J Biomed 2016; 1:26-31. doi:10.7150/jbm.16953

Research Paper

Tailored Brushing Method (TBM): an Innovative Simple Protocol to Improve the Oral Care

Gianna Maria Nardi1*, Silvia Sabatini1* Corresponding address, Fabrizio Guerra1, Marco Tatullo2*, Livia Ottolenghi1*

1. Department of Oral and Maxillofacial Sciences, “Sapienza” University of Rome, Italy;
2. Tecnologica Research Institute, Crotone, Italy.
* These Authors equally contributed to this article.

This is an open access article distributed under the terms of the Creative Commons Attribution (CC BY-NC) License. See http://ivyspring.com/terms for full terms and conditions.
How to cite this article:
Nardi GM, Sabatini S, Guerra F, Tatullo M, Ottolenghi L. Tailored Brushing Method (TBM): an Innovative Simple Protocol to Improve the Oral Care. J Biomed 2016; 1:26-31. doi:10.7150/jbm.16953. Available from http://www.jbiomed.com/v01p0026.htm

Abstract

Background. The objective of this study is to describe and assess the effectiveness and acceptability of a modern tailored protocol of oral hygiene, based on the concordance between professionals and patients, and based on the proper choice of best tools for oral hygiene regardless of the technique used. This new method has been called Tailored Brushing Method (TBM).

Material and methods. Two groups of adult patients (n=200) were involved in this research, according to specific inclusion criteria. Test group followed the indications of the new Tailored Brushing Method, while control group was involved in a standard protocol of oral hygiene with the suggestions of a brushing technique and the typical approach based on the compliance. Plaque Index, bleeding on Probing index and patients' acceptability of the methods (Visual Analog Scale) were assessed at different time points. Descriptive and statistical analyses were performed.

Results and conclusions. Test group had statistically lower Plaque Index and Bleeding on Probing after 30 days, in comparison with control group. Test group expressed a better acceptance of the new tailored method. This research suggests to use a tailored approach to oral hygiene, overcoming the need of patient's compliance, often affected by bias such as alteration of the protocols and wrong brushing maneuvers.

Keywords: Oral hygiene, tooth-brushing, dental home care, tailored approach.

Introduction

A proper protocol to prevent the bacterial biofilm formation is strategic for oral health. It's well described in the literature that mechanical removal of dental plaque is the primary action able to prevent aggressive forms of gingivitis and periodontitis. 1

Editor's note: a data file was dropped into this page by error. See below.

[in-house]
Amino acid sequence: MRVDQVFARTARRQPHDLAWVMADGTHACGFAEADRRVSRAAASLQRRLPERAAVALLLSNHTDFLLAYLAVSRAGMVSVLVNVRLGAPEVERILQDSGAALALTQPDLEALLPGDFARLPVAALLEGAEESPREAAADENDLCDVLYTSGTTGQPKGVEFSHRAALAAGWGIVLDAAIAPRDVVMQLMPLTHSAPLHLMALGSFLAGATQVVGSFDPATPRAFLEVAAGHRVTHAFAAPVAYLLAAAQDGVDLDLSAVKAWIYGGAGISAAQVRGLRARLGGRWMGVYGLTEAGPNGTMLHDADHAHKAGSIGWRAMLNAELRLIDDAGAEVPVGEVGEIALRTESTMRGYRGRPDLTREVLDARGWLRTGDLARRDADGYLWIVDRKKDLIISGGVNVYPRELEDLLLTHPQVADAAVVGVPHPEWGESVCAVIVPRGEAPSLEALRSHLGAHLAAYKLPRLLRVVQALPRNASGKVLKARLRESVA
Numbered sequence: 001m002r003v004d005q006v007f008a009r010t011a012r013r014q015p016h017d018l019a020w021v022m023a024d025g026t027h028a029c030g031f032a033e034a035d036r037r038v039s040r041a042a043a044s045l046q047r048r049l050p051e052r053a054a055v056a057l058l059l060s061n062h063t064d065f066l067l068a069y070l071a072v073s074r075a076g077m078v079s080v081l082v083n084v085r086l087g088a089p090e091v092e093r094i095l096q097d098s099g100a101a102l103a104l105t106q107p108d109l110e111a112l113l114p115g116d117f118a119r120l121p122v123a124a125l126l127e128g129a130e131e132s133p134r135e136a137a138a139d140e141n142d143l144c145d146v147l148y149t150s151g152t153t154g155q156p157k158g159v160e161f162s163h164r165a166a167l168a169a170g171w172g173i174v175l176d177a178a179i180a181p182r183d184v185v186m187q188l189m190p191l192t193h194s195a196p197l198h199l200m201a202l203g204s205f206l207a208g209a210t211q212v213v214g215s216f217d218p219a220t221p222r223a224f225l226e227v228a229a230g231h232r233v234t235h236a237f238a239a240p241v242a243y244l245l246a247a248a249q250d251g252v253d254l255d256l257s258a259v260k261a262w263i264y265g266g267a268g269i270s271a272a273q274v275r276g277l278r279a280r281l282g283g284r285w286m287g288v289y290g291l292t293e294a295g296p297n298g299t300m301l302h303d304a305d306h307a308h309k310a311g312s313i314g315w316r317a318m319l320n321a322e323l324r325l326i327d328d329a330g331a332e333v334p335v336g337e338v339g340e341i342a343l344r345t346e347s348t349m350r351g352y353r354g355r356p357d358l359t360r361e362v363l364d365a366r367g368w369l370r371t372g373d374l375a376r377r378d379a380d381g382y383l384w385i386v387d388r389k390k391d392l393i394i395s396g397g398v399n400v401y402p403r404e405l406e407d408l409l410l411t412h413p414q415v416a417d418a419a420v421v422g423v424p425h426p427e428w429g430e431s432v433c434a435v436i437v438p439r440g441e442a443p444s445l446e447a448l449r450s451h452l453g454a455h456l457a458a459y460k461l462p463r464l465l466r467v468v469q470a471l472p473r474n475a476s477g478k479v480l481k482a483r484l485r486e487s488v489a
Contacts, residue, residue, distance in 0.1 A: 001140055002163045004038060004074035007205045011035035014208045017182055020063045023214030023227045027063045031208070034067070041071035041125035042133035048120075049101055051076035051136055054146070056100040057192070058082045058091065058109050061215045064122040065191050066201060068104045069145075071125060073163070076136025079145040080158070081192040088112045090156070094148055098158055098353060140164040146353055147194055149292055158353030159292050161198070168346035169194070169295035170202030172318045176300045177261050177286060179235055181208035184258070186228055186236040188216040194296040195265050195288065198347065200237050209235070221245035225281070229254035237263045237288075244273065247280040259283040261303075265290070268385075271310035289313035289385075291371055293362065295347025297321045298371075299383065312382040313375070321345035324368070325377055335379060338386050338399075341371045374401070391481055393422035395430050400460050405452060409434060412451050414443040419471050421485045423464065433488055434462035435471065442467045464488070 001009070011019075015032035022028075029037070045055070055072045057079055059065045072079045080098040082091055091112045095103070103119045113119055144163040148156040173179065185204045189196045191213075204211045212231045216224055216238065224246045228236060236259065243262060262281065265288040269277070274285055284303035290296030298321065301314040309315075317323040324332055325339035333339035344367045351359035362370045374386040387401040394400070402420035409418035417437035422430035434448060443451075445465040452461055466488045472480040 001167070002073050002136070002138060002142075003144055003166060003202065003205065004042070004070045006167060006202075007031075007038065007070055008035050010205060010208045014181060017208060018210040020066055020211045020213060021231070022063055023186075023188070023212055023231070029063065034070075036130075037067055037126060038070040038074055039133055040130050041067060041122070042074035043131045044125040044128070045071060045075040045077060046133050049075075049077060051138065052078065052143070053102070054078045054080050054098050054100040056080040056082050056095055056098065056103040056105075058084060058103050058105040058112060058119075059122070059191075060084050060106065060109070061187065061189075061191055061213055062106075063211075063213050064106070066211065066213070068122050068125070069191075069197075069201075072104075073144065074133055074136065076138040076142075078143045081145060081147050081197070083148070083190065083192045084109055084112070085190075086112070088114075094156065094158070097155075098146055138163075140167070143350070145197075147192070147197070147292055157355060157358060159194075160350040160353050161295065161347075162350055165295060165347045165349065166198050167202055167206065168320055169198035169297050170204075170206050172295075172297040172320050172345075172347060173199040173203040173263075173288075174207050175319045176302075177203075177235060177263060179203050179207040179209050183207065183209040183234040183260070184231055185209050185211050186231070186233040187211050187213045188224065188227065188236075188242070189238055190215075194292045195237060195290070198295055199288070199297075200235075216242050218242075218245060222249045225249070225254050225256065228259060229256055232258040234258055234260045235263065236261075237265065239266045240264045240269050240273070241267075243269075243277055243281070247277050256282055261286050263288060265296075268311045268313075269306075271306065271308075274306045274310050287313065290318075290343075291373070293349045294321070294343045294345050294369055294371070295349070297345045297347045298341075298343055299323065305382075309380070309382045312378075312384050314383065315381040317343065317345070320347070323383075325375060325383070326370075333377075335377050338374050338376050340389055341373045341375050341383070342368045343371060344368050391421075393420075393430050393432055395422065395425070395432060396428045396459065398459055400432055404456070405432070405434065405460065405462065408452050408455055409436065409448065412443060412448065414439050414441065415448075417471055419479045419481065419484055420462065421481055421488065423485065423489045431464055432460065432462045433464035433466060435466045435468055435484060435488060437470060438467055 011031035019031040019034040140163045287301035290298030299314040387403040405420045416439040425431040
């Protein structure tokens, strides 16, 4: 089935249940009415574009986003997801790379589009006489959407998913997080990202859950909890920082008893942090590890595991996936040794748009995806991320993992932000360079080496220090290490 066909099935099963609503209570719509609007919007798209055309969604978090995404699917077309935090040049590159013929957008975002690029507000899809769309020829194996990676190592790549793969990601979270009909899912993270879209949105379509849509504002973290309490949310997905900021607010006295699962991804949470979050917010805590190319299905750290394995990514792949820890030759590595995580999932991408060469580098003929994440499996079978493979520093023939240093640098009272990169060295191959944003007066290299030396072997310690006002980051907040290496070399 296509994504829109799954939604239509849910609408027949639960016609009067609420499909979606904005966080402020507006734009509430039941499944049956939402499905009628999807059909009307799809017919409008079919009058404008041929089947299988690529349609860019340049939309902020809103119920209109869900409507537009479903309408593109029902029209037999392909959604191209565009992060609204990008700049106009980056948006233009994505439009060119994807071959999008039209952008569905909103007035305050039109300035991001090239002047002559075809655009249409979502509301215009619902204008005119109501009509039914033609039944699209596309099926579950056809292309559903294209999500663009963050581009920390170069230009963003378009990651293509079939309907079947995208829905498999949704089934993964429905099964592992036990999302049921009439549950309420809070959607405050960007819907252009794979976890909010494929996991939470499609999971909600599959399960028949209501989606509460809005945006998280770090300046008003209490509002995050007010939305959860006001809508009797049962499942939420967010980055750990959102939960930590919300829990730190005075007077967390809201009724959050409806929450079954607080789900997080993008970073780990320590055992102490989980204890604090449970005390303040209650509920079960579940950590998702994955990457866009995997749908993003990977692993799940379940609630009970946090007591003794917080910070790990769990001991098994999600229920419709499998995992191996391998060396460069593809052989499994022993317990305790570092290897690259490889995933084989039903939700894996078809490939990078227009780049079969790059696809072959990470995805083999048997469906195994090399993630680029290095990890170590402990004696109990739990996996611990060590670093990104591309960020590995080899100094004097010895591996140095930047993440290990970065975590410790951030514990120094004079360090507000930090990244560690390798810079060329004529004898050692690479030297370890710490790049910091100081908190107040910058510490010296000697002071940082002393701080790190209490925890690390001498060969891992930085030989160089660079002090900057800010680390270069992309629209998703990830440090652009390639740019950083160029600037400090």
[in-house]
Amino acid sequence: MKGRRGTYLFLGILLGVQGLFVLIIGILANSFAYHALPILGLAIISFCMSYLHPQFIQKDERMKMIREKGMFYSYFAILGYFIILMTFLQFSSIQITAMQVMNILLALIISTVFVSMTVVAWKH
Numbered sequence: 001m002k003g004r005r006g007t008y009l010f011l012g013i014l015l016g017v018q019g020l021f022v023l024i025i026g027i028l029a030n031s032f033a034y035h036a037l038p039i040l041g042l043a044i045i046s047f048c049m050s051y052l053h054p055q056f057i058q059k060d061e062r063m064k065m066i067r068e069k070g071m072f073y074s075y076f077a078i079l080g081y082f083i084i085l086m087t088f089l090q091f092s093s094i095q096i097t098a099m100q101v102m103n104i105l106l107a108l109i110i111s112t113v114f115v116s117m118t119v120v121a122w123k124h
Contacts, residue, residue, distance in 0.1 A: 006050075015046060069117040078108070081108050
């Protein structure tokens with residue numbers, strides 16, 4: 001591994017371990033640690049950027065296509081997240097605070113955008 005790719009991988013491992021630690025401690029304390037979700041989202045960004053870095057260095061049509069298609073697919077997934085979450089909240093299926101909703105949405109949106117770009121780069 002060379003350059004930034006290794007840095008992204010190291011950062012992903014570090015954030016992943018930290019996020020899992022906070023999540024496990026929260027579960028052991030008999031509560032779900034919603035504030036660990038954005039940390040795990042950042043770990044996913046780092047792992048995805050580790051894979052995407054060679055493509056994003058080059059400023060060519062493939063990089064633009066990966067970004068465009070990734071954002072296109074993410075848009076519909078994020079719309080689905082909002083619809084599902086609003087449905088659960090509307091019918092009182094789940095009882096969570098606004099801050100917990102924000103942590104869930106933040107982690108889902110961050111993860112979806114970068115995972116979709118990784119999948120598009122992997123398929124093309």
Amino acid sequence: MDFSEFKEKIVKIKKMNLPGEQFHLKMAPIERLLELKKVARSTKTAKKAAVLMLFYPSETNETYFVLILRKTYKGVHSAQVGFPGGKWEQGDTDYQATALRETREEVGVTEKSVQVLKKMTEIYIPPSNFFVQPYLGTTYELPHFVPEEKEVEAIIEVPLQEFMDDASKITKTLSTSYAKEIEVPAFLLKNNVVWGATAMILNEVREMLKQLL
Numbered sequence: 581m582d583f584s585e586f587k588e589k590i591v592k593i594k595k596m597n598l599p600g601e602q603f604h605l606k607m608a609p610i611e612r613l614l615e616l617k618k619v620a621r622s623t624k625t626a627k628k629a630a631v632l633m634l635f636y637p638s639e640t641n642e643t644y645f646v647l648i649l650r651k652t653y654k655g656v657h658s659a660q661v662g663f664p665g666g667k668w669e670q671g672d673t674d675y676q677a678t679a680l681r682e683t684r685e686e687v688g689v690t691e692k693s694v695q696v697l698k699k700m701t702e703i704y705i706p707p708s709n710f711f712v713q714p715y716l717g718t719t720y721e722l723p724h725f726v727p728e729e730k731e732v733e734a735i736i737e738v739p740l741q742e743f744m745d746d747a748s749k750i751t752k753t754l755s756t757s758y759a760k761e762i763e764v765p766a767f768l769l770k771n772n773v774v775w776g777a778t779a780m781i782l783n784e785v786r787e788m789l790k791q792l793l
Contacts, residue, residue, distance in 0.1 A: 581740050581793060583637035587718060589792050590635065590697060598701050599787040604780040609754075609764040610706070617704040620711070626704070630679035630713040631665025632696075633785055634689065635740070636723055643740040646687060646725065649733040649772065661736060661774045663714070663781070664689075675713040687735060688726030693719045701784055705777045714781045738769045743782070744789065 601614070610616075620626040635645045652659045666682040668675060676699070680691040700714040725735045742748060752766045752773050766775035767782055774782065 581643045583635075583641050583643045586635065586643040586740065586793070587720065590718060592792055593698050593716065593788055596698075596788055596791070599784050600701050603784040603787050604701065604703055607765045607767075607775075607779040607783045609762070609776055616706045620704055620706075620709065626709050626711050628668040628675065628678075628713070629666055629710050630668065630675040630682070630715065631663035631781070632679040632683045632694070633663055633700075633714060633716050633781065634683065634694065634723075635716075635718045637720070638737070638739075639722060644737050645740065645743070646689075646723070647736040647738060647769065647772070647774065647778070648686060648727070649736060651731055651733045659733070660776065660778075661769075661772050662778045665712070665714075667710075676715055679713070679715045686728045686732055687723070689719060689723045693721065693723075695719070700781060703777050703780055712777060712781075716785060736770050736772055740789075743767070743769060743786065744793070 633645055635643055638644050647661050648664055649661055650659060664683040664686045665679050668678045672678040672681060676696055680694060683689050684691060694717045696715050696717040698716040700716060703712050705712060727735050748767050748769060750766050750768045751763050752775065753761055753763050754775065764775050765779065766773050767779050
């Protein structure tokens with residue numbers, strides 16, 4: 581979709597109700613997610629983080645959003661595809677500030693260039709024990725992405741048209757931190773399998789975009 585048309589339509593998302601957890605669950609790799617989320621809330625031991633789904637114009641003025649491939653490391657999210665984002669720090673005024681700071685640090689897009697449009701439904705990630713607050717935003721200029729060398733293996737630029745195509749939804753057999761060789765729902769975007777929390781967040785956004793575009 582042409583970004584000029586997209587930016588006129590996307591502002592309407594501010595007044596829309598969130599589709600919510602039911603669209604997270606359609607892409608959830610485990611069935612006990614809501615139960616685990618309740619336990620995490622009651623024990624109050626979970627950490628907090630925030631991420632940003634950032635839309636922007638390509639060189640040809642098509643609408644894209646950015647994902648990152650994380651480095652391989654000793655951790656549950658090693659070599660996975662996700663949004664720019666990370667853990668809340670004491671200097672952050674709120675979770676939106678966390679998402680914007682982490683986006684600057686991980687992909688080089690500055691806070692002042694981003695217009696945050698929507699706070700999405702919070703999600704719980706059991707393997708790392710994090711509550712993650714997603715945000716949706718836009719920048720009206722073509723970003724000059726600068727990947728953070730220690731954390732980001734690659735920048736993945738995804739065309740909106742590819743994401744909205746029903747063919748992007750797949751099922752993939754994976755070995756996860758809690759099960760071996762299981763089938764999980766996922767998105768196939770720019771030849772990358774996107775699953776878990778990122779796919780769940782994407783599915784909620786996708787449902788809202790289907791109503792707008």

Current manual brushing techniques, such as the “Bass modified” one, are based on old concepts of oral hygiene and, however, they are commonly focused on specific movements and stereotyped timings finalized to disrupt the oral biofilm on teeth surface, independently from the instruments you are using and from the technique you are following.

Nowadays, we have many companies producing modern tools for oral hygiene, such as toothbrushes with easy grip handles, flexible stem, different head sizes, rounded bristles with a hardness range from medium to extra soft. Dental research has improved the effectiveness of modern toothbrushes, taking into consideration anatomy and physiology of teeth and periodontal tissues. However, such improvements have been not followed by new revised protocols.

Scientific evidence suggests that tooth brushing alone is less effective if compared to brushing with additional cleaning of interproximal areas; moreover, interproximal brushes are more effective than other interproximal cleaning tools (wire, stick floss, etc.). 1-3

Colorimetric assays using plaque disclosing agents, such as erythrosine, have been progressively integrated into the common protocols aimed to verify the correct use of brushing techniques.4 Although this assay and similar methods have been typically aimed to help patients to see and disrupt dental plaque, however, up to date the effectiveness of the mainly used maneuver of oral hygiene are still depending from the ability of patient to use such instruments correctly. This means that it's relatively important the technique you use and the level of patient's compliance if the ability of patients is variable and decreases over time.

In this paper we will introduce a new approach to oral care: a patient-specific oral hygiene protocol here named "Tailored Brushing Method" (TBM). TBM advises that dental hygienists and patients should share the protocol to be used, choosing together the most suitable tools to reach every dental surface: this joint therapeutic approach will lead to a better tooth brushing.5 According to scientific literature, TBM strongly suggests the use of interproximal brushes combined to toothbrush; moreover, TBM strongly suggests to professionals that they carefully should analyze gingival biotype, dental morphology, dental occlusion, patient's manual skill and personality profile.

The main objective of this study is to describe and assess the effectiveness of the firstly described tailored protocol entirely based on the concordance between professionals and patients, and based on the proper choice of best tools for oral hygiene regardless of the technique used. This new method has been called Tailored Brushing Method (TBM). TBM has been compared with the standardized oral brushing guided by disclosure tablets and requiring the patient's compliance.

Material and methods

This is a randomized, controlled pilot study. The main aim was to observe the differences between 2 groups of patients randomly involved in this study: Plaque Index 6 (PlI) and Bleeding on Probing (BoP) scores were used to assess the clinical difference between groups. Patient's satisfaction was investigated also, by using a VAS scale.